Understanding MEV bots and sandwich attacks

Understanding MEV bots and sandwich attacks

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What are MEV attacks?

Maximal Extractable Value (MEV) bots are a sneaky way to game the blockchain. MEV bots scan the network for transactions, especially those buying tokens. They then cut in line, place big orders for those tokens, and profit from the price hike they cause. This is called a sandwich attack.

Here’s how a sandwich attack works:

  1. Front-running: The bot spots a user’s transaction and places a buy order just before the user’s transaction goes through.
  2. Inflating the Price: This buy order makes the token’s price go up.
  3. Back-running: After the user’s transaction is processed at the higher price, the bot sells the tokens for a profit.

MEV bots exploit how transactions are processed on platforms like Ethereum and Solana, causing prices to spike, especially in meme coins. Users caught by MEV bots might have their transactions front-run, leading to missed chances and bad prices.

Impact on Solana Network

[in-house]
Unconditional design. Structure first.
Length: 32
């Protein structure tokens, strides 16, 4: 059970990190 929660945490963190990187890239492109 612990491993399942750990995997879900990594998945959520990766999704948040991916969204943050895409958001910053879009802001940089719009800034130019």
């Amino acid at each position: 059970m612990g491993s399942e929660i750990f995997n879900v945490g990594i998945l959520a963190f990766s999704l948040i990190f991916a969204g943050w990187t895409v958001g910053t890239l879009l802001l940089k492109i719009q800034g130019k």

MEV attacks mess with the Solana network big time. They mess up fair transaction processing, especially in public ledgers. In the worst cases, this can push validators to censor or double-spend transactions. This shows why it’s so important to tackle MEV bot operations to protect users and keep things fair.

Impact Area Description
Fairness MEV bots mess up fair transaction processing, making users unhappy.
Transaction Costs Users end up paying more because of the inflated prices.
Network Integrity Validators might do shady stuff, hurting the network’s integrity.
User Trust Repeated MEV attacks can make users lose trust in the platform’s fairness and reliability.

Knowing how sandwich attacks work and their impact is key for anyone using the Solana network. By being aware of these issues, you can take steps to protect your transactions and make sure your Solana wallet stays full. 

Solana’s response

MEV bots have been wreaking havoc on the Solana network. These sneaky bots mess with transaction orders to make a quick buck, leaving regular users in the dust. To put a stop to this, the Solana Foundation has stepped up its game.

They’re cracking down on operators who let sandwich attacks happen in mempools. These validators were part of a series of sandwich attacks, hurting users and taking advantage of the network’s weak spots. Mert Mumtaz, co-founder of Solana RPC provider Helius, shared that the foundation’s move is all about protecting everyday users from these nasty attacks. 

Over 30 validator operators got the boot from the Solana Foundation Delegation Program and lost their payout boosters for validating transactions on the Solana blockchain.

The Solana Foundation’s blacklist includes 32 operators holding 1.5 million SOL, which is about 0.5% of the program’s stake. So if you were ever planning to stake Solana, make sure the validator you chose is not on that list. 

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